BLM x CLST: A Series of Interviews with the Faculty of Penn Classics — Part 2: Professors Kimberly Bowes and Sheila Murnaghan

Looking Back, Thinking Forward: what Black Lives Matter means in our own department and discipline

 

By Sara Chopra, Cate Simons, Elizabeth Vo-Phamhi

 

In the first interview of the Black Lives Matter & Classics series, Professor Emily Wilson discussed the translation and reception of BIPOC voices in classical literature. In our second installment in this series, Professors Kimberly Bowes and Sheila Murnaghan provide critical considerations of the exclusionary past of our field and discuss strategies for cultivating a climate of inclusivity here in our department, especially in light of recent statements made by members of peer departments.  

 

Kimberly Bowes is a professor of Classical Studies and the current undergraduate chair of Penn’s Classical Studies department. She is also the director of Penn’s Integrated Studies Program. She has held the Mellon Professorship at the American Academy in Rome, where she later served as the Academy’s 22nd Director. 

 

Sheila Murnaghan is the Alfred Reginald Allen Memorial Professor of Greek and the faculty director of the post-baccalaureate program in Penn’s Classical Studies department. Currently, Professor Murnaghan is the president of the Society for Classical Studies (SCS).

 

We deeply appreciate our professors’ generosity in responding to these questions and are excited to share their thoughts with you.

 

The statements made by Professor Murnaghan and Professor Bowes speak solely for themselves and are not representative of the Penn Classical Studies department at large.

 

Why is it important for people to study classics in the 21st century, given the problematic elements of the field and of the material itself?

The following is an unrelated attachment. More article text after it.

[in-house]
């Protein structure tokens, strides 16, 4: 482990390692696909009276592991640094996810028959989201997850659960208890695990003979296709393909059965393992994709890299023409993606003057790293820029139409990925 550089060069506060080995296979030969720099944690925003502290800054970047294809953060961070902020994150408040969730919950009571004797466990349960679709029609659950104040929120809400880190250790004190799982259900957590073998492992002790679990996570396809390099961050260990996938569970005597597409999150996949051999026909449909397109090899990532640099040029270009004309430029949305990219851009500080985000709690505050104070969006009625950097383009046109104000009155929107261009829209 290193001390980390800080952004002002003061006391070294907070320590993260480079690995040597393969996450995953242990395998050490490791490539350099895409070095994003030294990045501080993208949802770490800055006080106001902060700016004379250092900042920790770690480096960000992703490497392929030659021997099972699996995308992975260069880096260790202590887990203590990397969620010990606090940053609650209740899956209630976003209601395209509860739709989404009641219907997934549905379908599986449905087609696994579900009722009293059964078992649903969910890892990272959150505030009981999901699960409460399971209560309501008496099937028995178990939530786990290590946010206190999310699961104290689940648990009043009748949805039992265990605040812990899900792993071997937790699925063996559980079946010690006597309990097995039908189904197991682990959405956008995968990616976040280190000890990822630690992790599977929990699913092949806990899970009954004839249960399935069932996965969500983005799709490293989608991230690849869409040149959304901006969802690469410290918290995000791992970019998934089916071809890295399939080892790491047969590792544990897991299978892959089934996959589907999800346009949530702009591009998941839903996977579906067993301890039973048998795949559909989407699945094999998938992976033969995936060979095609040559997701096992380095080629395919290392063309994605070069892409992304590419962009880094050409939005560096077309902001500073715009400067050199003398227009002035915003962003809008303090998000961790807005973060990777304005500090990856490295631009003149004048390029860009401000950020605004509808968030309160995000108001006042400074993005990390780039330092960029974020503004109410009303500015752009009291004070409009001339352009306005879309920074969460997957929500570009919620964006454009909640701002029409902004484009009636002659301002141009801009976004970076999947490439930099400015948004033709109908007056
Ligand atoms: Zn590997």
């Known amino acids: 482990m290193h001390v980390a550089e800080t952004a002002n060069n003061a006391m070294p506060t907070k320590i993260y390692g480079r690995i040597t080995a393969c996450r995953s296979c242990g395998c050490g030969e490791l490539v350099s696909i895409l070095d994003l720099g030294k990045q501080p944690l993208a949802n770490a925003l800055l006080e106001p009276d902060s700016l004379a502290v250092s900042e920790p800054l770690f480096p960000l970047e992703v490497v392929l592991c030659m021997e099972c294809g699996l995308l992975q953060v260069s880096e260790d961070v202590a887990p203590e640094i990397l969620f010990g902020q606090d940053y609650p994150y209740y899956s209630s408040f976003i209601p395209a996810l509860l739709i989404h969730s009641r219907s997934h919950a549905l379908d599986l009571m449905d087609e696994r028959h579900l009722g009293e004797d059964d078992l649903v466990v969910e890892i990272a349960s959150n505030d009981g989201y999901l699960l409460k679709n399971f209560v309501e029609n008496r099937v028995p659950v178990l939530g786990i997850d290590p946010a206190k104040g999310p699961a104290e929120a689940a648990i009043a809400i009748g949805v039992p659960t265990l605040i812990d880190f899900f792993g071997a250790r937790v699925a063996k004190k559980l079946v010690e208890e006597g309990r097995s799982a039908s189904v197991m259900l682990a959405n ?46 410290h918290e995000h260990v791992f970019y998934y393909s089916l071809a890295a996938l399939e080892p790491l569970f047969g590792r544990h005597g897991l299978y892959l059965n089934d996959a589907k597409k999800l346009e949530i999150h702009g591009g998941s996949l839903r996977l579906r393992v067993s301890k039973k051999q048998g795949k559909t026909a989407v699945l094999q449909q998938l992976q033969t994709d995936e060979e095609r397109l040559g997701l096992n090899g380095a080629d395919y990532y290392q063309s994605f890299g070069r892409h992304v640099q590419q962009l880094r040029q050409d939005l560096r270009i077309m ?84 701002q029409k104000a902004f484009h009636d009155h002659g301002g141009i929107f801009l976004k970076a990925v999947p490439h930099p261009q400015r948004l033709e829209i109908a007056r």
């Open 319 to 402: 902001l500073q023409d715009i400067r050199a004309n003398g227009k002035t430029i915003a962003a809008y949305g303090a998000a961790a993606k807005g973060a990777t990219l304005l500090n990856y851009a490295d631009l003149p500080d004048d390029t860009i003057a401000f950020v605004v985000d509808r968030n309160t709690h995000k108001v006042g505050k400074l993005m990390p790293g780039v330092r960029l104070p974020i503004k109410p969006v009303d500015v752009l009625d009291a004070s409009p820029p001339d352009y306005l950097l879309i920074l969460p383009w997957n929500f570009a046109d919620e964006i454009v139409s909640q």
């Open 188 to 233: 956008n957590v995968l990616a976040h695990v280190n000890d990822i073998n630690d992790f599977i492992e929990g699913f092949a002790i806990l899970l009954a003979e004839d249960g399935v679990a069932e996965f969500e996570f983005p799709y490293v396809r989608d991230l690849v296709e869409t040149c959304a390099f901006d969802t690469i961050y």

KB: There are few academic fields that don’t have problematic histories: the racist past of this country seeps into most systems of knowledge, from biology to English. Classics has a particular challenge and a particular potential: the problem you all know: its use in propping up racialized notions of so-called western civilization. Its potential is that, of course, the ancient Mediterranean worlds were neither western nor white, they were deeply and wonderfully and differently heterogeneous. They wrestled with questions of racial identity – albeit in very different ways and different contexts – they both embraced and decried new immigrants, they argued about sexual identity. Classics is a laboratory for many of the challenges of equity we face today. Which is not to say it’s always a positive laboratory, but it reveals our charge for true equity in a different and particularly sharp light. 

 

Professor Murnaghan, many of us found solace and motivation in the SCS’s editorial on police brutality, systemic racism, and the death of George Floyd. One part that especially resonated was the statement that “the Society for Classical Studies recognizes and acknowledges the complicity of Classics as a field in constructing and participating in racist and anti-black educational structures and attitudes.” Could you expand a bit on how these non-inclusive educational structures came about, and if there are any practical steps we can take to dismantle or reform them at the university level?

 

 SM: There is a pretty clear story to tell about how the field of Classics was constructed in such a way as to reinforce various forms of exclusion.  The idea that the cultures of ancient Greece and Rome are uniquely worth studying – and must be studied together – originated, at least in part, in the search for a pure and exalted lineage for certain groups of white Europeans.  Meanwhile, the study of classical cultures – especially their languages and literatures, especially by male students who had started Greek and Latin at elite schools – came to be seen in certain prominent settings as the most worthwhile academic endeavor and the natural prelude to a life of power and privilege.